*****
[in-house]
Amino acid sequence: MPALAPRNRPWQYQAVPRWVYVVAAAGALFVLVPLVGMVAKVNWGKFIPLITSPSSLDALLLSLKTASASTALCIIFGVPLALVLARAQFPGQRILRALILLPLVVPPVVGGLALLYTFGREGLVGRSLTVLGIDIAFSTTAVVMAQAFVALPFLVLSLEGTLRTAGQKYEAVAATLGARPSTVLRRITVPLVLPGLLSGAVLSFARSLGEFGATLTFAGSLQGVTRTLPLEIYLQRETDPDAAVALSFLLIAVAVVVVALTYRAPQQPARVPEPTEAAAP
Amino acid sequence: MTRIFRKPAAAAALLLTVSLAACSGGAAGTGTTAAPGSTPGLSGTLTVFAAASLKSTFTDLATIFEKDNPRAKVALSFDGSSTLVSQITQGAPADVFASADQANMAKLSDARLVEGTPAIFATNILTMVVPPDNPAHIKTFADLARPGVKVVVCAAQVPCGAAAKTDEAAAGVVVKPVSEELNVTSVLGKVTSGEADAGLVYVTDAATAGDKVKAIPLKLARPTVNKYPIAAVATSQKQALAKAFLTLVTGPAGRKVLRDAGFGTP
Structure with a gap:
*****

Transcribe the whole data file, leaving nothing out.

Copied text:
[in-house]
Amino acid sequence: MPALAPRNRPWQYQAVPRWVYVVAAAGALFVLVPLVGMVAKVNWGKFIPLITSPSSLDALLLSLKTASASTALCIIFGVPLALVLARAQFPGQRILRALILLPLVVPPVVGGLALLYTFGREGLVGRSLTVLGIDIAFSTTAVVMAQAFVALPFLVLSLEGTLRTAGQKYEAVAATLGARPSTVLRRITVPLVLPGLLSGAVLSFARSLGEFGATLTFAGSLQGVTRTLPLEIYLQRETDPDAAVALSFLLIAVAVVVVALTYRAPQQPARVPEPTEAAAP
Amino acid sequence: MTRIFRKPAAAAALLLTVSLAACSGGAAGTGTTAAPGSTPGLSGTLTVFAAASLKSTFTDLATIFEKDNPRAKVALSFDGSSTLVSQITQGAPADVFASADQANMAKLSDARLVEGTPAIFATNILTMVVPPDNPAHIKTFADLARPGVKVVVCAAQVPCGAAAKTDEAAAGVVVKPVSEELNVTSVLGKVTSGEADAGLVYVTDAATAGDKVKAIPLKLARPTVNKYPIAAVATSQKQALAKAFLTLVTGPAGRKVLRDAGFGTP
Structure with a gap: